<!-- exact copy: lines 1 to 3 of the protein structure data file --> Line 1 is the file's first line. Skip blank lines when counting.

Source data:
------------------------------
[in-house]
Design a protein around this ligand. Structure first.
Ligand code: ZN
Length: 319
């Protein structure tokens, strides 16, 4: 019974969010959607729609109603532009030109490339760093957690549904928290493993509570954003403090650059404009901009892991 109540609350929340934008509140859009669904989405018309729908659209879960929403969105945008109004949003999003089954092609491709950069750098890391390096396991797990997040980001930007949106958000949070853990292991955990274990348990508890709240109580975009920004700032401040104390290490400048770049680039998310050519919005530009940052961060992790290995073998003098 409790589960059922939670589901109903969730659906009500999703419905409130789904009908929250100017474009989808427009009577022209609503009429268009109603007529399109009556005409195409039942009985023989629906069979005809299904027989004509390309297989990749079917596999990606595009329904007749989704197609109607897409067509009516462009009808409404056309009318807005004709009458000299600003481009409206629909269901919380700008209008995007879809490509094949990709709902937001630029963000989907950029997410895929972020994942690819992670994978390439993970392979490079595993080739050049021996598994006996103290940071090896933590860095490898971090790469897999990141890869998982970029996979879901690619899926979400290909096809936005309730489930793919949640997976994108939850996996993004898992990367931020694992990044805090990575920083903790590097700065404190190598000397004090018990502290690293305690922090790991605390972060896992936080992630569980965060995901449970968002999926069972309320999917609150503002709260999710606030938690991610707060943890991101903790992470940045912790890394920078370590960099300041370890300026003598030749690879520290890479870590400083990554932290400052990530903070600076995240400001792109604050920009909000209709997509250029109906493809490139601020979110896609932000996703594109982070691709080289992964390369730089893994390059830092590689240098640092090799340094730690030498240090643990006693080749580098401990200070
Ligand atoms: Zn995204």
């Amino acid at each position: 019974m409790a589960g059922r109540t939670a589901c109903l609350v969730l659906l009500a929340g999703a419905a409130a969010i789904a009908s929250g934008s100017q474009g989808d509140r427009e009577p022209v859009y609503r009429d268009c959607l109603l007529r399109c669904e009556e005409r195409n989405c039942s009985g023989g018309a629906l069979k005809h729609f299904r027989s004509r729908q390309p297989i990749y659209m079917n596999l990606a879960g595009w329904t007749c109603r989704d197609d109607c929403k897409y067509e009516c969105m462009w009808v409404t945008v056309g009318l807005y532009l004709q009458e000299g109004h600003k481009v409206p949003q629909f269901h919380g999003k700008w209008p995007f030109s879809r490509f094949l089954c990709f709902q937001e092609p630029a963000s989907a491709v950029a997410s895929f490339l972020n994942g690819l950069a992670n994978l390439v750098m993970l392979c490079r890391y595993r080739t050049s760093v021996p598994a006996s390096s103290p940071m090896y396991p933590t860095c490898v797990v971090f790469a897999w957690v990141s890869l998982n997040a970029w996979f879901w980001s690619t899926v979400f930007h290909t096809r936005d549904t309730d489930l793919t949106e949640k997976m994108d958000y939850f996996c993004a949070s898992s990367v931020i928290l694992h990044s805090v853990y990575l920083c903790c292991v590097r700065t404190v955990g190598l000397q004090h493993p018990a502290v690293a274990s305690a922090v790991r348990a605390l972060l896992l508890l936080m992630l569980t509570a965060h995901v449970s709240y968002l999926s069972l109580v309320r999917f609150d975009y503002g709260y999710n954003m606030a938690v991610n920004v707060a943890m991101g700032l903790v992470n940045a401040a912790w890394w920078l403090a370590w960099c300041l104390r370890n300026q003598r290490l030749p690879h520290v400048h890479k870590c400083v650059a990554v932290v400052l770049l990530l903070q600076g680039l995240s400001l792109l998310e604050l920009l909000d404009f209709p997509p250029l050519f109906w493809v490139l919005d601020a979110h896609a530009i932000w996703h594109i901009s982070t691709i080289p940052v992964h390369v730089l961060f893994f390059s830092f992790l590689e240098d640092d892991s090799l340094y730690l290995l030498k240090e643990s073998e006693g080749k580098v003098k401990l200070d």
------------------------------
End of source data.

[in-house]
Design a protein around this ligand. Structure first.
Ligand code: ZN